Creative Agencies

Defining Users for Good UX Design Requires Good Research

Submitted by Sam Moore on Thu, 11/19/2020 - 15:48
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Define Users

In our last post, we discussed the need to recognize that there are two real users we’re designing for in a webdev project: Internal Content Editors and External End Users.

 

Web developers must serve each of these user sets, so the users must be defined in as much detail as possible, to set up the needs and expectations of each, which we will use as our design requirements. We call this the Discovery process.

 

External Users – End Users/Customers

The site's external end users may belong to a monolithic group, but more likely, they will belong to several subsets, differentiated in terms relevant to the client/site owner’s business or purpose. Your marketing department should research and create a Customer Profile for each subset of typical customers.

  • These profiles should be generated using known demographic information as much as possible. Relevant demographics will change according to client needs.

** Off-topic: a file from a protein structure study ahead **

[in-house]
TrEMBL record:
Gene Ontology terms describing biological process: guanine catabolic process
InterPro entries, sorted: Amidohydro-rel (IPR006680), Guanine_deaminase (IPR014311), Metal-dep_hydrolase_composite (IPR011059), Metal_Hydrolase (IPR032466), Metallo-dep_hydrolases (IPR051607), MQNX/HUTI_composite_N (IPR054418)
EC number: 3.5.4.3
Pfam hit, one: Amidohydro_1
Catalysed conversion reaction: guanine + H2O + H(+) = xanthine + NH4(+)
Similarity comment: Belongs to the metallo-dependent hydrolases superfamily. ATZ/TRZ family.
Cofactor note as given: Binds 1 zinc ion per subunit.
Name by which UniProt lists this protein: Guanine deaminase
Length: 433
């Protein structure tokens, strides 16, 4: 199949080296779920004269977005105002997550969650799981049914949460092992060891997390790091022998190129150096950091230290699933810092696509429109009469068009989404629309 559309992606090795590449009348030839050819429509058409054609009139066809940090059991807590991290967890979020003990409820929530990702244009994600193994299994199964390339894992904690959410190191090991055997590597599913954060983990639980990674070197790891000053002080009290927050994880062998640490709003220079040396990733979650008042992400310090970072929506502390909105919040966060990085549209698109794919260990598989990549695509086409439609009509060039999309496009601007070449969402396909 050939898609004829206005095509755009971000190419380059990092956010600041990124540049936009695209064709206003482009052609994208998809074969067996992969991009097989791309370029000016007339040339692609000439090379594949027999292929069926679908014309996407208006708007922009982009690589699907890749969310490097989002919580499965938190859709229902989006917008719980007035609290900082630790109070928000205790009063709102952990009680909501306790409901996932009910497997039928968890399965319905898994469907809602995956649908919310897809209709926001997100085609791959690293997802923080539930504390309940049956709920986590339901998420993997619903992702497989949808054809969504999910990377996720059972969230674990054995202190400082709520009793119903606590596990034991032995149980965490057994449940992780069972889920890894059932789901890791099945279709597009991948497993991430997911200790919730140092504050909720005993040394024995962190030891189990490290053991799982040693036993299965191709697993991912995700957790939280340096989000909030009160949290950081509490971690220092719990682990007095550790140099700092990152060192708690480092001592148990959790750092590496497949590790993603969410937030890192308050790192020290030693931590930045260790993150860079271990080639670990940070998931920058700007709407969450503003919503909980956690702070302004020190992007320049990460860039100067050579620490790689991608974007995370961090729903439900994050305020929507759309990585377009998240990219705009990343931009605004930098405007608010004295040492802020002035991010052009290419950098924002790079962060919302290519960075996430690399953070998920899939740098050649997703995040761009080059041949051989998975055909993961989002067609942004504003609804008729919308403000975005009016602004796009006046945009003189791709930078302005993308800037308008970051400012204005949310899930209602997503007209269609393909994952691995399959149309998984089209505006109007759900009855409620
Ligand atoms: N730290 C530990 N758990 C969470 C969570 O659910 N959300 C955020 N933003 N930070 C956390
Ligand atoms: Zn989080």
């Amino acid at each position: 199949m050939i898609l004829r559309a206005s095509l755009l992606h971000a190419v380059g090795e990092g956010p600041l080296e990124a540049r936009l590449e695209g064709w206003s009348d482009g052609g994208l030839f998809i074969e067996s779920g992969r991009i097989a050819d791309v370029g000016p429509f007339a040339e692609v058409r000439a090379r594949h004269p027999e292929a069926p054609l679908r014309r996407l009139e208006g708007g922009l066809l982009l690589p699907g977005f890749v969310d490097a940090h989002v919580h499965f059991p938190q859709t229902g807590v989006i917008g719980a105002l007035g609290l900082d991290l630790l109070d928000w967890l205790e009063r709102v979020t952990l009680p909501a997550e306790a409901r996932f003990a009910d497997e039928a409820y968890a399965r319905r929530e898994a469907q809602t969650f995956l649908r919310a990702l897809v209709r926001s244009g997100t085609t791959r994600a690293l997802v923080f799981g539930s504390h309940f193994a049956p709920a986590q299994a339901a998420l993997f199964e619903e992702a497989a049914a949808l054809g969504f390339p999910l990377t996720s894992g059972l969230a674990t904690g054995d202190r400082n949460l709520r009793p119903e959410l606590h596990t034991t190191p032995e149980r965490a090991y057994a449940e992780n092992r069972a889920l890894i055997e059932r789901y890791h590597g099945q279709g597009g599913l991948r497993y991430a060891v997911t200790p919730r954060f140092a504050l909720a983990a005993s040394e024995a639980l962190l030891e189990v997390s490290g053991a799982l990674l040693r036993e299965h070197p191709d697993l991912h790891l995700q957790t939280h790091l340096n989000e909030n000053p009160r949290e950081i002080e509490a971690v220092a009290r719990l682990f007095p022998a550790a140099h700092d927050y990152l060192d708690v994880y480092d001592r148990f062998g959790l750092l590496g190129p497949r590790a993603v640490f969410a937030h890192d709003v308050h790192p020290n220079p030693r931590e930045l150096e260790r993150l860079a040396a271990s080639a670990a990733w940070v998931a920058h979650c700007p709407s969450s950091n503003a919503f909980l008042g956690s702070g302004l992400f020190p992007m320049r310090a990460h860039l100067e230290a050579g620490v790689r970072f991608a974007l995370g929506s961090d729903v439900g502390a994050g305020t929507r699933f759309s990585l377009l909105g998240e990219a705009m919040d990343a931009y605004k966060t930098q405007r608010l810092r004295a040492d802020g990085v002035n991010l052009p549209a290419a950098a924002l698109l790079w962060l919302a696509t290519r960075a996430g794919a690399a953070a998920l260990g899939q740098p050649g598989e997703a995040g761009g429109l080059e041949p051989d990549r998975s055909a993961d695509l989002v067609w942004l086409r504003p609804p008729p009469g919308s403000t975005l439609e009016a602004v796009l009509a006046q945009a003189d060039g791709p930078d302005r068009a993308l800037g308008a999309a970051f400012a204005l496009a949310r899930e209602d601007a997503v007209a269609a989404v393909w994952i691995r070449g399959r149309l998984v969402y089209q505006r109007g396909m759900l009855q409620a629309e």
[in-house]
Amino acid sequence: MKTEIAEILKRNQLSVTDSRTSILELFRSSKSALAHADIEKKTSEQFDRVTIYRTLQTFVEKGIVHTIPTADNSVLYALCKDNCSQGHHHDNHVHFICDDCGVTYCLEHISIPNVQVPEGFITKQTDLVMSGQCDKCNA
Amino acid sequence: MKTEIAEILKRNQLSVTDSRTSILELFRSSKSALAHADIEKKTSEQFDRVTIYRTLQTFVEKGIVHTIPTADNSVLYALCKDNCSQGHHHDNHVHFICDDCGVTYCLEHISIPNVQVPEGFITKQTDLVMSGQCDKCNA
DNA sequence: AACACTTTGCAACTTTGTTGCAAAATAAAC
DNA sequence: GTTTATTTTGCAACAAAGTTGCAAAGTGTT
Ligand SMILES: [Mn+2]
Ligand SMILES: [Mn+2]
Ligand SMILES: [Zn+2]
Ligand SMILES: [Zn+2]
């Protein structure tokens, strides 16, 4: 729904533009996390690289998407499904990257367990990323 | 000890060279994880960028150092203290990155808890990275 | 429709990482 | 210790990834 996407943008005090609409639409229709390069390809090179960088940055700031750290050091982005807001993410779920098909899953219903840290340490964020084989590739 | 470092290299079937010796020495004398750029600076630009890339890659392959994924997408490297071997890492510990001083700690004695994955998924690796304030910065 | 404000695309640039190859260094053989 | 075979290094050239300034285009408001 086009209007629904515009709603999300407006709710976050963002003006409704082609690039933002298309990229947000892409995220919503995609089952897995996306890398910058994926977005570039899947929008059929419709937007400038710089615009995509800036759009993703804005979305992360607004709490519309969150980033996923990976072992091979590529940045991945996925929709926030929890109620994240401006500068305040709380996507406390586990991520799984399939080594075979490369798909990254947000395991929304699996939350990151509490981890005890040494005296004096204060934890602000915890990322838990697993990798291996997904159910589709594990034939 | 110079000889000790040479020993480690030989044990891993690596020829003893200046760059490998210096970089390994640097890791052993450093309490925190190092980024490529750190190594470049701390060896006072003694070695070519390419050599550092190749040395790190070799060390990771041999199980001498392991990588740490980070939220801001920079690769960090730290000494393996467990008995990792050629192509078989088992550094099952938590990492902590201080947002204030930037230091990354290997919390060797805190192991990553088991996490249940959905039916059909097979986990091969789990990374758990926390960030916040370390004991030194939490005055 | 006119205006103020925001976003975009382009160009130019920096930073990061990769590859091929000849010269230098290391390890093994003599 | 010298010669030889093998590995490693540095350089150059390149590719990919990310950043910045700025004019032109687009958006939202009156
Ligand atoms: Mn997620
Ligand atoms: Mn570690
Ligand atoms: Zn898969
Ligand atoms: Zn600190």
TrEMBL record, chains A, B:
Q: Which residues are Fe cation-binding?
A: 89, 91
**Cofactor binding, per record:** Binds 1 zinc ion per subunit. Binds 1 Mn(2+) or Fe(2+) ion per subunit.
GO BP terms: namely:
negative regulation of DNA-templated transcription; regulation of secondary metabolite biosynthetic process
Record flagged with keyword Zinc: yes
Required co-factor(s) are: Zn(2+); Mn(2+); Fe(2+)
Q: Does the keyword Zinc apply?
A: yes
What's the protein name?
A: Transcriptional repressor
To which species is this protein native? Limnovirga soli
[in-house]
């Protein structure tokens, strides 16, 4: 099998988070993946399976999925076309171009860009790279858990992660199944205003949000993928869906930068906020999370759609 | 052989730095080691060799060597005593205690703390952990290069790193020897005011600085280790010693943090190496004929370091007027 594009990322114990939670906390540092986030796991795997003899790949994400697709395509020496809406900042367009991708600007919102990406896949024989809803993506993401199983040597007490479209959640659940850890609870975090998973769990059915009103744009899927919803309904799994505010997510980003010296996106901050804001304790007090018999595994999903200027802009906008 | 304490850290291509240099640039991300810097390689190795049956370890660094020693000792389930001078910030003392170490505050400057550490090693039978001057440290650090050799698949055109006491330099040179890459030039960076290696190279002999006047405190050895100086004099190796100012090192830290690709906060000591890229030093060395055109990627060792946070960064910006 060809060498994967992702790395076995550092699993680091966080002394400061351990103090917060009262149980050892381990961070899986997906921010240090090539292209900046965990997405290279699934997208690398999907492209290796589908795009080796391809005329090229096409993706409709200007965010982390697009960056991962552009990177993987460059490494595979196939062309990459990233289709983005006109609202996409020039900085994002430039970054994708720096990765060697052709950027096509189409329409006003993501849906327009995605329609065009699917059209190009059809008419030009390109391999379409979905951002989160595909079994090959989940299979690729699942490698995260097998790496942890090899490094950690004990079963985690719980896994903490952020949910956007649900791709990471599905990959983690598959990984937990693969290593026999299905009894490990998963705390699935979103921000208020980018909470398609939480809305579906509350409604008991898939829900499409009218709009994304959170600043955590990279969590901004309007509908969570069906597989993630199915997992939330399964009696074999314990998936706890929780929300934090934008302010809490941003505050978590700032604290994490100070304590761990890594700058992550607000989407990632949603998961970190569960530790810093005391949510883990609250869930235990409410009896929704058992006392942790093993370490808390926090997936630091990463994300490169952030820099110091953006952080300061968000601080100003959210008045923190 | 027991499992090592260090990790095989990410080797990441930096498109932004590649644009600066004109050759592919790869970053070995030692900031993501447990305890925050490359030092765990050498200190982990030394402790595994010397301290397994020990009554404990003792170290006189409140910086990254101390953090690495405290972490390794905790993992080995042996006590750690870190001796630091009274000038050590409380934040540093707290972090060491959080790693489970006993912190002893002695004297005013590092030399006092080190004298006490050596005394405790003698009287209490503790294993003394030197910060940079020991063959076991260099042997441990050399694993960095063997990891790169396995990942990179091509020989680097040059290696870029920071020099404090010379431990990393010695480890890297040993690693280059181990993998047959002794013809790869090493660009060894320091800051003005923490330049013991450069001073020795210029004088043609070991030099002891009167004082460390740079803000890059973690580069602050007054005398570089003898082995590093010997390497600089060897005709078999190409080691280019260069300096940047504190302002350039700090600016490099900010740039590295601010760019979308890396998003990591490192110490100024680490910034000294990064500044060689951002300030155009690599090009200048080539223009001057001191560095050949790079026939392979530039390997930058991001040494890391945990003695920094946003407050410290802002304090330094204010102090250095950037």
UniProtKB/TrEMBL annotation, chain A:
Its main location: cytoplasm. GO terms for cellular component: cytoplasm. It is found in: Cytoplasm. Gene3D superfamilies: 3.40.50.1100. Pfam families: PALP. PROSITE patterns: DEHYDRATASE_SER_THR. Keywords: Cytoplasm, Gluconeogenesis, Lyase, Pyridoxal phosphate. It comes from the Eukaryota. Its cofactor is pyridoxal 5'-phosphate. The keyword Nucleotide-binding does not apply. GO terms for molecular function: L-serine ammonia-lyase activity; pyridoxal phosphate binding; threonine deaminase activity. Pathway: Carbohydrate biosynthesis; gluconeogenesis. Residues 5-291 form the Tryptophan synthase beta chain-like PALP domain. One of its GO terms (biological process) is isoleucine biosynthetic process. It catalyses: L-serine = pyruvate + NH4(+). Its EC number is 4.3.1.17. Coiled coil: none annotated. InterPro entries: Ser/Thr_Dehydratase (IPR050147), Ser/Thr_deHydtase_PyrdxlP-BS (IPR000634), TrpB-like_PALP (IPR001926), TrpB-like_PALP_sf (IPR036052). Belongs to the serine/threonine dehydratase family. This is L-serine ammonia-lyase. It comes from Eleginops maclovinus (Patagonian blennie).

• Other salient points about them will have to remain conjecture, until use of the new site reveals observable data about external users.

  • When building the project timeline, the webdev project manager should be tapped to follow up on this information, which should help determine anticipated needs and desires for the website's ongoing features and functionality. This way, all future updates are based on actual feedback.

Internal Users – Content Editors

In reality, the Internal User is the first one to consider, because the content editor will be the first one to use the site before actual customers do. They will be inputting and updating text, images and media before the customer ever sees it, so they are key to the success of the site.